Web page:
_On 26 August, Aung San Suu Kyi, who was in Rangoon on a visit from Oxford to care for her sick mother and had not previously taken part in the demonstrations, entered the political arena, giving a speech in front of 500,000 people at the Shwedagon Pagoda. It was at this point that she became a symbol for the struggle for democracy in Burma. As the daughter of General Aung San, the so-called father of Burmese independence, she appeared for many to be the natural leader of the pro-democracy movement. She urged the crowd not to turn on the army, but to find peace through non-violent means.
Many other former democracy leaders returned to the scene around the same time, including former Prime Minister U Nu (PM January 1948-June 1956) and retired Brigadier General Aung Gyi, in what was described as a “democracy summer”. Despite this, Ne Win remained in the background.
During the September Party Congress in 1988, 90% of the party delegates voted for a multi-party system of government. The BSPP announced that they would be organising an election, but the opposition called for the immediate resignation of the government, and for an interim government to organise the elections. The BSPP rejected both demands, and protesters again took to the streets on 12 September.
By mid-September the protesters grew more violent and lawless, with soldiers deliberately leading protesters into clashes that the army easily won. Protesters demanded more immediate change, and distrusted steps for incremental reform.
_SLORC Coup d’État and Crackdown
On 18 September, the 8888 Uprising came to an end when the military, led by General Saw Maung, retook power in a coup d’état. General Maung established the State Law and Order Restoration Council (SLORC), imposing more draconian measures than those of Ne Win. After martial law was imposed, protests were violently broken up. The government announced on the state-run radio that the military had assumed power in the interest of the people, "in order to bring a timely halt to the deteriorating conditions on all sides all over the country”.  Tatmadaw troops indiscriminately fired on protestors in cities throughout Burma, and within the first week of securing power, 1,000 students, monks and schoolchildren were killed and another 500 were killed protesting outside the US embassy (the event was caught by a cameraman nearby who distributed the footage to the world’s media). Protestors were pursued into the jungle and some students went to the Thai-Burma border for training.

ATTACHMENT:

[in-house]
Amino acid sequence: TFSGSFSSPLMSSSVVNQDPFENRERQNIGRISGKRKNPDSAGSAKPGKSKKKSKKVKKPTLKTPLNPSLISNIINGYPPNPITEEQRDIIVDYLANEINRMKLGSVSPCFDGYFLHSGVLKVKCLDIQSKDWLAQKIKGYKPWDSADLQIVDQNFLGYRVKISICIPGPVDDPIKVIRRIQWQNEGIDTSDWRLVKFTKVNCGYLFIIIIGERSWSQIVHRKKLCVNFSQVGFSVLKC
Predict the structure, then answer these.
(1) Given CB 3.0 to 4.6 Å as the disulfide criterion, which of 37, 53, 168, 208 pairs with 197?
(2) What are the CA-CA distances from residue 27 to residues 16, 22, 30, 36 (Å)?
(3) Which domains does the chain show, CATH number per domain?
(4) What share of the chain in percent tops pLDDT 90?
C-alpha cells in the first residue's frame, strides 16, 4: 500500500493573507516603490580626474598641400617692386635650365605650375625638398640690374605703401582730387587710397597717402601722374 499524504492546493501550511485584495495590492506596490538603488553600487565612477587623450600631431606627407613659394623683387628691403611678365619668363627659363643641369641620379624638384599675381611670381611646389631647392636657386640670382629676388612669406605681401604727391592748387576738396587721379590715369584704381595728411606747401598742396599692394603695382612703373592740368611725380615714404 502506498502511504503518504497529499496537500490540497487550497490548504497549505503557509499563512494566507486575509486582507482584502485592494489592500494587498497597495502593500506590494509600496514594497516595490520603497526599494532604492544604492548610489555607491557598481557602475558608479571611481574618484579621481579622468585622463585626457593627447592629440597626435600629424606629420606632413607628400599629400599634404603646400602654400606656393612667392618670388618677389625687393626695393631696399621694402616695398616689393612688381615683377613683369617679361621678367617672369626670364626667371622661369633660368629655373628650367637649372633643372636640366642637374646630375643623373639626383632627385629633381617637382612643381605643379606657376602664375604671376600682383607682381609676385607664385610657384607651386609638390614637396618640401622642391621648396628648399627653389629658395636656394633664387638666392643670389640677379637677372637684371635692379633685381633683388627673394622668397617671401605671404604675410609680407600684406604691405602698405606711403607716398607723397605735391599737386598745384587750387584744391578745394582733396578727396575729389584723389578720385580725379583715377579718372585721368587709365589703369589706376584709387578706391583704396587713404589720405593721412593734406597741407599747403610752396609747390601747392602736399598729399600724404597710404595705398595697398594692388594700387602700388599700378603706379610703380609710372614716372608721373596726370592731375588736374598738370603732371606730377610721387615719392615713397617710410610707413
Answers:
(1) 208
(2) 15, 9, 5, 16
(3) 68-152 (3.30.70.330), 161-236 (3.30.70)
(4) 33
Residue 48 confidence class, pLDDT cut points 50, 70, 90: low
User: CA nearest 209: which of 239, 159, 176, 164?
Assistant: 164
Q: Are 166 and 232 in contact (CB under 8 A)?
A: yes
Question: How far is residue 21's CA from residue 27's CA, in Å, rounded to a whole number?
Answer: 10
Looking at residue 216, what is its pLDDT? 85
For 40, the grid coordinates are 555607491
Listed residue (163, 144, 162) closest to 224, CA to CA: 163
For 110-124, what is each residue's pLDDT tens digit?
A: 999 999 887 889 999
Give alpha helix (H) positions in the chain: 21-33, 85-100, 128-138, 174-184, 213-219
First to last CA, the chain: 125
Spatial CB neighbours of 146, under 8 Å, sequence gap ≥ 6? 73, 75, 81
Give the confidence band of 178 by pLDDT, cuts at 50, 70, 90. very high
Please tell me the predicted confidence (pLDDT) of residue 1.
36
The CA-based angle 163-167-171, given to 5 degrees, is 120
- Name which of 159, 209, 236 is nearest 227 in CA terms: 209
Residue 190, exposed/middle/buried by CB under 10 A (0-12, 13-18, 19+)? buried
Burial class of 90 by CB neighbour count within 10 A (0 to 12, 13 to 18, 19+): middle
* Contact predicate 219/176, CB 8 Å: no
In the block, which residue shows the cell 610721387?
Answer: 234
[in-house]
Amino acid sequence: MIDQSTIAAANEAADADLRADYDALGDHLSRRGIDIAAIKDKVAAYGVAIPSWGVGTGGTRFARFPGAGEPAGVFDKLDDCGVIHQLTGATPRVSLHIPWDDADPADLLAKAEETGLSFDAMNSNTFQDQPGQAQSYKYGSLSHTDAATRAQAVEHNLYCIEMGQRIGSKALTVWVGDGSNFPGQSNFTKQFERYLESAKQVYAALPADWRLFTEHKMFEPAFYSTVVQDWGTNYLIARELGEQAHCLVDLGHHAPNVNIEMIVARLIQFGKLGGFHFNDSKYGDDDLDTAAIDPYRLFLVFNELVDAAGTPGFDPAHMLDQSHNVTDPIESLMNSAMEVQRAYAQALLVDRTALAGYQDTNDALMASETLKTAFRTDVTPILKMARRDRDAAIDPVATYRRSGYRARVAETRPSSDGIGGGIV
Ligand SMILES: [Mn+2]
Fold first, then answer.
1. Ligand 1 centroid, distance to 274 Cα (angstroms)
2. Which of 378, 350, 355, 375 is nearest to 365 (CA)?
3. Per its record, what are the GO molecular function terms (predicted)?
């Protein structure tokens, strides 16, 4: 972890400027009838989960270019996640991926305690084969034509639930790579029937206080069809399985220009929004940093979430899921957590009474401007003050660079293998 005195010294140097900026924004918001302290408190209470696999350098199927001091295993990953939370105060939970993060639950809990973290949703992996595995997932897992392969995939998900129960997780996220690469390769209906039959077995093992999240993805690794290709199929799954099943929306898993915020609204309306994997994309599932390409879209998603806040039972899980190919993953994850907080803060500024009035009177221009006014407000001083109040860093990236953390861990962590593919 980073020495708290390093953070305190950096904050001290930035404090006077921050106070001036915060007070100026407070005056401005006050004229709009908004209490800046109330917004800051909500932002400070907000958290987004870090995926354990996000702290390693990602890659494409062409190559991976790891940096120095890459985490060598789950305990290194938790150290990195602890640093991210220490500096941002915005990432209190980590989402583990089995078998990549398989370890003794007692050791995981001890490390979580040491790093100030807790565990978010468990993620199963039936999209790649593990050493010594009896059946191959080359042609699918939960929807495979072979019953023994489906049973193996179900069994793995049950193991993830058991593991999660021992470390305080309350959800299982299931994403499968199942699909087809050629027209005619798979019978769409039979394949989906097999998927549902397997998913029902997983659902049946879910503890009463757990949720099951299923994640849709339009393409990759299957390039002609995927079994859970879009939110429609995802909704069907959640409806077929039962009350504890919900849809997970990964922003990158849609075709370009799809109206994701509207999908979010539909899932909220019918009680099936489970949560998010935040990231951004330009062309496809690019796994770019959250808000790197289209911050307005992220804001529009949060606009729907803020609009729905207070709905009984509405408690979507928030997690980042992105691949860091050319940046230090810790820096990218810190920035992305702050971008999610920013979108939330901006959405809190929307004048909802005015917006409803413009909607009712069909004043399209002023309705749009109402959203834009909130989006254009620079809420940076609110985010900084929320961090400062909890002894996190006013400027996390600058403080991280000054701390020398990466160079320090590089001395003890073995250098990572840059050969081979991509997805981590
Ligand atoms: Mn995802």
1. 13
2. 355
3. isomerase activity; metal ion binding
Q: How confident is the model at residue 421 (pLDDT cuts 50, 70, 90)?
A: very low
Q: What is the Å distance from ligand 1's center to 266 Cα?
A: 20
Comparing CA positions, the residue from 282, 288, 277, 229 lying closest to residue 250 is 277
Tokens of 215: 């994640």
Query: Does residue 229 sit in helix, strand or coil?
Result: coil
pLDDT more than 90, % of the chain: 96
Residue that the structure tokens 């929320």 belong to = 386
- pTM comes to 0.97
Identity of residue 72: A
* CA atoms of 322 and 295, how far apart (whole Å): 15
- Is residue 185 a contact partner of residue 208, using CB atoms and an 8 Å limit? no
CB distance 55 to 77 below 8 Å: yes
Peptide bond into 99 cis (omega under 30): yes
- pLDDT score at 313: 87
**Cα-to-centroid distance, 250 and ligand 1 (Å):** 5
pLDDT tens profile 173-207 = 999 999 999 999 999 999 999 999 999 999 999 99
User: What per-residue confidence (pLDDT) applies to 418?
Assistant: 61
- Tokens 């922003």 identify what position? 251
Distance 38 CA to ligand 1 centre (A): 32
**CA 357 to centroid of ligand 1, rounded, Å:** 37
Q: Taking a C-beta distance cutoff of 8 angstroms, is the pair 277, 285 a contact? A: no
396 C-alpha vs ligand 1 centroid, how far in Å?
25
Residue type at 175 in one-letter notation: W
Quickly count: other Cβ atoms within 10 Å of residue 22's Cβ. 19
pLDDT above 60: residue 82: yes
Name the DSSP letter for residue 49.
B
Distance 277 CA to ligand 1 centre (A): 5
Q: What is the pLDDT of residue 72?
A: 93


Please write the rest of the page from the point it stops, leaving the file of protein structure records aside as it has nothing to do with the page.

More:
By the end of September, around 3,000 people had been killed, with 1,000 dead in Rangoon alone, and an unknown number had been injured. At this time, Aung San Suu Kyi appealed for help.
_However, by 21 September the military had regained control, and the pro-democracy movement effectively collapsed in October. By the end of 1988, an estimated 10,000 people, including protesters and soldiers, had been killed, and many others were missing.
_ 1990 Elections
In May 1990, after huge international and national pressure, the military junta arranged free elections for the first time in 30 years. The National League for Democracy (NLD), led by Aung San Suu Kyi, won 80% of the seats in Parliament (398 out of 447). However, the military junta, surprised by such a landslide victory for the opposition, annulled the results of the election and refused to hand over power. Many members of the NLD and other opposition groups were arrested, and Aung San Suu Kyi was placed under house arrest in Rangoon; she would remain under house arrest for 15 of the next 21 years, until November 2010. Aung San Suu Kyi has continued to advocate non-violence as the best way to achieve lasting political change, and is currently running for a seat in Parliament in the upcoming by-elections on 1 April 2012.
_ Christina Fink, Living Silence: Burma Under Military Rule, 2001, p.51.
 Shelby Tucker, Burma: The Curse of Independence, 2001, p.228
 Seth Mydans, “Uprising in Burma: The Old Regime Under Siege”, The New York Times, August 12, 1988.
 Amitav Ghosh, “Cultures of Creativity: The Centennial Celebration of the Nobel Prizes”, The Kenyon Review, Vol. 23, No. 2, 2001, pp. 158–165.
 Federico Ferrara, “Why Regimes Create Disorder: Hobbes's Dilemma during a Rangoon Summer”, The Journal of Conflict Resolution, Vol. 47, No. 3, 2003, pp. 302–325.